Rachel Banks

Prior to beginning law school Rachel Banks was a pre-kindergarten teacher for several years in Baltimore City where she implemented a critical race pedagogical curriculum for her young learners. While teaching in Baltimore, Rachel received her Masters of Science in Education from Johns Hopkins University. Throughout her undergraduate career, Rachel worked as a Program Coordinator and Dialogue Facilitator for the non-profit Building Bridges (Seeking Common Ground). She directed programs in empathy building and activism for students in Northern California, the Badlands region of South Dakota and Israel/Palestine. Rachel has also worked extensively in the West Bank and Gaza through organizations such as ICAHD (Israeli Committee Against House Demolitions) and FFIPP (Faculty for Israeli and Palestinian Peace).

Utsarga Bhattarai

Utsarga graduated with distinction from Colorado College in 2012 where he studied evolutionary biology and economics. As an undergraduate, Utsarga was involved in botanical/ecological research, the Responsible Investment Committee, and the Curriculum Review Committee. Following his graduation, Utsarga worked as a Project Associate for Meridian Institute where he assisted in designing and implementing processes that brought experts – government officials, business leaders, scientists, foundation executives, and NGO representatives – together, to create the right conditions for creative, practical solutions to complex public policy issues. His projects covered issues related to global climate change mitigation frameworks, disaster risk reduction, community resilience, international development, agricultural policy, food security, and state-level conservation and land revitalization.

Utsarga likes to ski and hike, and is thrilled to be a part of the DU community and to remain in Colorado.

Izzy Breit

Izzy grew up in Denver and is very excited to join the DU community. She attended East High School and spent her junior year abroad in Patagonia, Argentina where she learned Spanish. Upon her return to Denver, Izzy joined the Constitutional Law team at East and won the National Championship in Washington D.C. This experience was her first exposure to studying law and propelled her to focus her future studies on political science and social justice. Izzy attended Lehigh University where she earned a degree in English, Political Science, and Women’s Studies. Her interest in gender studies led her to join Lehigh’s sexual violence prevention and awareness group. In this role Izzy managed the campus’ 24/7 crisis reporting hotline, led trainings on sexual violence prevention on Lehigh’s campus, and worked with university staff to develop strong programming and internal resources to support survivors of sexual violence and to prevent future incidents on sexual violence on campus. During college, Izzy spent one semester at the University of Cape Town in South Africa where she continued to study issues pertaining to race, gender, and politics. This experience motivated her to spend her next semester of college working on a social entrepreneurship project in Ghana.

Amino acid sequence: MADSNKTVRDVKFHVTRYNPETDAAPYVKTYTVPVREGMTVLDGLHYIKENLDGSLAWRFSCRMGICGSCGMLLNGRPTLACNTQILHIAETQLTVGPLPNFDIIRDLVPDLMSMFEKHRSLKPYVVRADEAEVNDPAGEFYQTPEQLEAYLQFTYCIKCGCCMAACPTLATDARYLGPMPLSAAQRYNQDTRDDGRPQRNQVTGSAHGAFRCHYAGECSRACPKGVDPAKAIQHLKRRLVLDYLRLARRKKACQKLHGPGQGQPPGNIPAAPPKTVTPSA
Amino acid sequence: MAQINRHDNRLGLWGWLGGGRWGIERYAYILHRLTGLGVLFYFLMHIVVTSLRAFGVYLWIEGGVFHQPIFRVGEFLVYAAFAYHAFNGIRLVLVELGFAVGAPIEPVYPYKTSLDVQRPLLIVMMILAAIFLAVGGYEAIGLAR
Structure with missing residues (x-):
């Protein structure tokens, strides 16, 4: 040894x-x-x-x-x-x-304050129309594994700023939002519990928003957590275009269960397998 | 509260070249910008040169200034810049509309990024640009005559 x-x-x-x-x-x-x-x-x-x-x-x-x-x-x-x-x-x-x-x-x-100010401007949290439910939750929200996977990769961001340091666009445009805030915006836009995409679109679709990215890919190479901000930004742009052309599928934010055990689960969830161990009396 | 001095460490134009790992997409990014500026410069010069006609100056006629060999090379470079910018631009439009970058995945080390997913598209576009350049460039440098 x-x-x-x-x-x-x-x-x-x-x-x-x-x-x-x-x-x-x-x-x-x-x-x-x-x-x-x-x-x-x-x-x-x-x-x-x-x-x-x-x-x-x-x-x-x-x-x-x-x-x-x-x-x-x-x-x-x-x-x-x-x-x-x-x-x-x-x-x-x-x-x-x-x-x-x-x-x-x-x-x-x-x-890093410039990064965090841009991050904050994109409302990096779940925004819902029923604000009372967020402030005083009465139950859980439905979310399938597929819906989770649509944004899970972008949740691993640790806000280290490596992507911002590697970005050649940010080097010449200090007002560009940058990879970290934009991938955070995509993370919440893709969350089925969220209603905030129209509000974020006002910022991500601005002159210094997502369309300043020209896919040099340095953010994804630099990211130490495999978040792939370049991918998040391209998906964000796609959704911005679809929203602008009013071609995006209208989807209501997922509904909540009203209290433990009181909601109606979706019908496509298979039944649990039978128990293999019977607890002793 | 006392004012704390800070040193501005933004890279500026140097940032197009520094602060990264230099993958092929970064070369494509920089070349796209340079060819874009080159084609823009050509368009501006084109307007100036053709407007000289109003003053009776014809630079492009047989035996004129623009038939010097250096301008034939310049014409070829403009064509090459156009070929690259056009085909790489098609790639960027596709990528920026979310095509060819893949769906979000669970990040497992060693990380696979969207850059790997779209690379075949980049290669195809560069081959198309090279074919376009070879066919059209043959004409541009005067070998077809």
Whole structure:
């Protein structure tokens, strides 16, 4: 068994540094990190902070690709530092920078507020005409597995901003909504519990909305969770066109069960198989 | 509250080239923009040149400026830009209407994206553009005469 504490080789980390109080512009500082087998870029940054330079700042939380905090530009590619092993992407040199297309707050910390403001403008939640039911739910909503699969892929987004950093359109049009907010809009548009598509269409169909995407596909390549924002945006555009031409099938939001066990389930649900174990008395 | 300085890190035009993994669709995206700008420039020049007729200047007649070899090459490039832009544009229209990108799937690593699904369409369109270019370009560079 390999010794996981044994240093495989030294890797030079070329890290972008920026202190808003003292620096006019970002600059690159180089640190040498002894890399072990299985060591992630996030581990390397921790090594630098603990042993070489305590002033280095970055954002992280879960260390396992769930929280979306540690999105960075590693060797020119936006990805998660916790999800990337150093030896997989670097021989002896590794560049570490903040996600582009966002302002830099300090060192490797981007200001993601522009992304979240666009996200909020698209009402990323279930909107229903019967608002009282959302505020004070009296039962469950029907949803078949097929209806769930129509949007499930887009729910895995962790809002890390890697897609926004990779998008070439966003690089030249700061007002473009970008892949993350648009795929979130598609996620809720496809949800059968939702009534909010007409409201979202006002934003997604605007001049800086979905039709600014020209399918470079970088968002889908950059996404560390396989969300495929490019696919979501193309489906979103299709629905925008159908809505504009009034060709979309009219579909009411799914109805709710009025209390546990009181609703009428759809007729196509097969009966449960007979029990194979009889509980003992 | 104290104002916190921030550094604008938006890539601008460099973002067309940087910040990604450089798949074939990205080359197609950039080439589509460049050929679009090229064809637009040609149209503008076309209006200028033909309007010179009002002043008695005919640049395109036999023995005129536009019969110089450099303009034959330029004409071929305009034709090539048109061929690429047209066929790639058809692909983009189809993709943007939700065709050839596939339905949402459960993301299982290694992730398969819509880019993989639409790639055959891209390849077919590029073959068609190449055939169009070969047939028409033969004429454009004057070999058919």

Upon her return from Africa, Izzy spent the summer working as an intern at the Denver Office of the Colorado State Public Defender. She spent much of her time reviewing discovery with clients who spoke Spanish. She came to believe that many of these clients would be on a different trajectory had they been afforded the opportunity to make informed choices. This prompted her to think about the root cause of this issue – education – and her role as an advocate within this system. Izzy believes that education is one of our country’s greatest modern day civil rights issues and that unequal access to educational opportunities is a catalyst for social injustice. She wanted to work to improve this system of inequity from inside the classroom so after graduating college, she moved to Chicago to teach Pre-K in a bilingual Head Start program. Izzy joined Teach For America as part of the Early Childhood Initiative in Chicago. Izzy’s primary goal as a teacher was to equip her students with the knowledge and skill set they will need in order to make informed choices in their futures. While in Chicago, Izzy earned her Master of Science in Education with endorsements in Early Childhood Education and ESL. As part of her master’s program, Izzy spent a summer in Hyderabad, India teaching 4th grade in a remedial summer school program.

After much soul searching Izzy decided to leave the classroom in pursuit of a legal education. She hopes that her experience as a teacher and advocate combined with a legal degree will provide the foundation for her career serving the public good.

Julia Davis

Julia Davis was born and raised in Raleigh, North Carolina. She attended Wake Forest University where she graduated with honors in French and minors in Political Science and International Studies. While at Wake Forest, she spent a semester studying in Paris. Immediately following graduation, she moved to Mulhouse, France, to teach English to high school students. Julia fell in love with teaching and decided to pursue her teaching certification.